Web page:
Falling Pipe Stalls Work on NYC Tower

THURSDAY, JANUARY 22, 2015


Construction on the tallest residential building in the Western Hemisphere faced a temporary delay last week after an eight-foot-long pipe plummeted 81 stories to the Manhattan street below.

The New York City Department of Buildings issued a Stop All Work order Jan. 14, suspending construction activities on the 1,397-foot-tall 432 Park Avenue project for one day.

The order was sparked by a complaint regarding falling construction material, according to reports.

An eight-foot section of guard rail reportedly fell from an external construction elevator on the skyscraper’s 81st floor. The pipe landed on the street in front of an occupied building, according to the NYC Department of Buildings.

No one was injured in the incident.

Inspected for Safety

On Thursday evening, all six external hoist cars were inspected for safety by the hoist installation company and the city, reports note.

The Stop All Work order was “fully rescinded” following the inspection and work was able to resume Friday morning, the Department of Buildings said. But the cause of the accident was not released.

The project’s developers, Macklowe Properties and CIM Group, have not issued a comment on the incident. Nor has contractor Lend Lease.

Elite Address

Designed by Rafael Viñoly, the skinny tower offers some of the most luxurious, most expensive condominiums in Midtown Manhattan. (As of Wednesday, Jan. 21, the cheapest available unit on the building's website is a two-bedroom for $17.2 million.)

video
World Architecture News / Used with permission

In this video, the project's structural engineer describes how the super-slim skyscraper  is being designed and constructed.

The project, slated for completion in 2015, is the tallest residential tower in the Western Hemisphere, according to the property’s website. Reports say the project cost $1 billion.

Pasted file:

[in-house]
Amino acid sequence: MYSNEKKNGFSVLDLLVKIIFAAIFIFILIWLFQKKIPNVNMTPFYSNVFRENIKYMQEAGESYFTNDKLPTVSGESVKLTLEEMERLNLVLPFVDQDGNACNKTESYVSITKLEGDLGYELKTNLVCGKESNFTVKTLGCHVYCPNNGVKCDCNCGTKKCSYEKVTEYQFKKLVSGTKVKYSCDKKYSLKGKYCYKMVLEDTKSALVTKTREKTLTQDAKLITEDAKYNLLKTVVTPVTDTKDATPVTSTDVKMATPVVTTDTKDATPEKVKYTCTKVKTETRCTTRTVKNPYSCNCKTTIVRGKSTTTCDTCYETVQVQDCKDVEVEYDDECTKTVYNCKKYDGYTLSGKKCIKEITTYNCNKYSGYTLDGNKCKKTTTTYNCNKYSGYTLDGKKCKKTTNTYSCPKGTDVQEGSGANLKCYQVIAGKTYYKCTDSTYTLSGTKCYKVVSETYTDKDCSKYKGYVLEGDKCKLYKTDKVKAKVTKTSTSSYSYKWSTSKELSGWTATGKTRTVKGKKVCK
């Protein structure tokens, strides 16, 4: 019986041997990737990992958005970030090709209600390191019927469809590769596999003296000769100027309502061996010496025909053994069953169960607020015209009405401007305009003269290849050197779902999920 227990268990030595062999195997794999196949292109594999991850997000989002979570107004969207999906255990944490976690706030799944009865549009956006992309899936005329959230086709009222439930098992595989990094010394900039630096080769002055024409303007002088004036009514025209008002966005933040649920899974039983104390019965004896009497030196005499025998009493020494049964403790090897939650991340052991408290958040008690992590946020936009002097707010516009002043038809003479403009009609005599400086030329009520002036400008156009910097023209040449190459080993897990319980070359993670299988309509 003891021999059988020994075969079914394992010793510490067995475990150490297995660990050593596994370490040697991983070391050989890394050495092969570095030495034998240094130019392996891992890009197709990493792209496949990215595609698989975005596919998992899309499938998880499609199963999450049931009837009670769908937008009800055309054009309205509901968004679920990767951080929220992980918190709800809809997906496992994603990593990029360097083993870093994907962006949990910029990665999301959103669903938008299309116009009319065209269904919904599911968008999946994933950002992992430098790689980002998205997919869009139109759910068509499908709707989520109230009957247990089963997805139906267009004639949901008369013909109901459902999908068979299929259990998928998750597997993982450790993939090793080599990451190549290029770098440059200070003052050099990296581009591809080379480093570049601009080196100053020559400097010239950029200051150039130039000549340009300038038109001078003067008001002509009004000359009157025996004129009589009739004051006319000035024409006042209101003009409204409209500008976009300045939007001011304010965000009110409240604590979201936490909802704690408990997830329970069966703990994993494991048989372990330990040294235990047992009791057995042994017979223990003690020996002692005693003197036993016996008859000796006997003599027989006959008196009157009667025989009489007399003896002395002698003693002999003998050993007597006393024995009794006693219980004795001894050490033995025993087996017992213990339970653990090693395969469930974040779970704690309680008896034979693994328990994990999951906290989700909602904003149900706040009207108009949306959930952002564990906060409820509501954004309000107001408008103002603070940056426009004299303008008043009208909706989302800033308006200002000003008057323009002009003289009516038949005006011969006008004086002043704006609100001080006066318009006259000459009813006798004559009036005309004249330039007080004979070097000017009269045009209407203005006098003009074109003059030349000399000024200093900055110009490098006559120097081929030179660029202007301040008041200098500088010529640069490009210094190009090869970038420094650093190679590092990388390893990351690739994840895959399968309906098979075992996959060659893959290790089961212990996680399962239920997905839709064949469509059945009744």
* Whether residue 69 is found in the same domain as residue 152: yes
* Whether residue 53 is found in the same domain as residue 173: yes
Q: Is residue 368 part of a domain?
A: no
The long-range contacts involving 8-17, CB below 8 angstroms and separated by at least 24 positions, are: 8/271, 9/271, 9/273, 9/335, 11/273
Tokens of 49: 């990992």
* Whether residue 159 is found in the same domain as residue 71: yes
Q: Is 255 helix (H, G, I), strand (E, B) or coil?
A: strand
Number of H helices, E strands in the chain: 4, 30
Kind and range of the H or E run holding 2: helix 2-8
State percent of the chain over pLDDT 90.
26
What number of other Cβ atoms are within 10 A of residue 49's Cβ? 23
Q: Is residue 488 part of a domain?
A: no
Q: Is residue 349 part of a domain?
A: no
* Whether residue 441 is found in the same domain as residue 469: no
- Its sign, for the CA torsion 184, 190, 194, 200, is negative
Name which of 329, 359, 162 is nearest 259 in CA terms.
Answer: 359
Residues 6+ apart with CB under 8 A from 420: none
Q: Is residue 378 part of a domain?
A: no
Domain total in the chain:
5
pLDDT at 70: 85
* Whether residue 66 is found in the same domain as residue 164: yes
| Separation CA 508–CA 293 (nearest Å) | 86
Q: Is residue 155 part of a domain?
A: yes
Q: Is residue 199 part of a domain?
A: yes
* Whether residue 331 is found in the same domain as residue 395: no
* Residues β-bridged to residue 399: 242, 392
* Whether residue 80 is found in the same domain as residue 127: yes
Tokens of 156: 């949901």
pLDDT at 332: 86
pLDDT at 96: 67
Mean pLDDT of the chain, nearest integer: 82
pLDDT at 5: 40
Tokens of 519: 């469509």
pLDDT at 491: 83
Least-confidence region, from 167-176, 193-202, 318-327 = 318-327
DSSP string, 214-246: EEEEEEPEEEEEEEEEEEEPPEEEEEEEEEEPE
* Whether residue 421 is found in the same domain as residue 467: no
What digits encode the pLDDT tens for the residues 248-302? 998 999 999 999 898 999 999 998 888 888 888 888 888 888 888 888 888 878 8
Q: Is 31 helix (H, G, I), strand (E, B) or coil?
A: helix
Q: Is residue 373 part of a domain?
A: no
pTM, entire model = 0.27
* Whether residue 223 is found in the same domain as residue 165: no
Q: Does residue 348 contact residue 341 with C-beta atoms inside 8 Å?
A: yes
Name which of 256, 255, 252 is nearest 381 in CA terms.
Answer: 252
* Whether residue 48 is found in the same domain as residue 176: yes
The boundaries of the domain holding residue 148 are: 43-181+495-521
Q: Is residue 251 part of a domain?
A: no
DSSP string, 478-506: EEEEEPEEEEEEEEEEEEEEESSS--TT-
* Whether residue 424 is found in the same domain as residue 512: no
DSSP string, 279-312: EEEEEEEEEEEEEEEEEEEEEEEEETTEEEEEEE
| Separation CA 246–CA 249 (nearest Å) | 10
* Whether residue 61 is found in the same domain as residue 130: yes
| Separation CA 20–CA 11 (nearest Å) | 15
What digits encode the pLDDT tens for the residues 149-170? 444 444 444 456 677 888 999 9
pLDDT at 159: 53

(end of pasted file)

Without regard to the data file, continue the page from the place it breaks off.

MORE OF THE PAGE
Structural Details

In a video posted by World Architecture News, the project’s structural engineer—Silvian Marcus, CEO of WSP Cantor Seinuk—described how the slender building took shape.

He explains that the project represents “a purity in engineering,” featuring a square center (about 30 feet long and 30 feet wide) that houses mechanical elements surrounded by 30-inch-thick walls made of reinforced concrete.

The square acts as the slim building’s “backbone.”

The building’s façade, made of beams and columns, also helps to support and frame the tower, Marcus said.

“From the core backbone to the outside perimeter is about 30 feet that is free of any columns, beams or any structural elements, so you can have partitions as you wish or if someone wants to take the entire floor and doesn’t want partitions—he wants a loft—people can use the entire floor as they desire,” the engineer said.

Fallen Debris

432 Park Avenue is not the only new project plagued with fallen debris.

Three large steel bolts have recently fallen from the new 47-story Leadenhall Building in London.

The project, known locally as the “The Cheesegrater,” is the tallest skyscraper in the city, at 734 feet. It was completed in September 2014.

   

Tagged categories: Access; Color + Design; Condominiums/High-Rise Residential; Construction; Health and safety; Inspection; lift; North America

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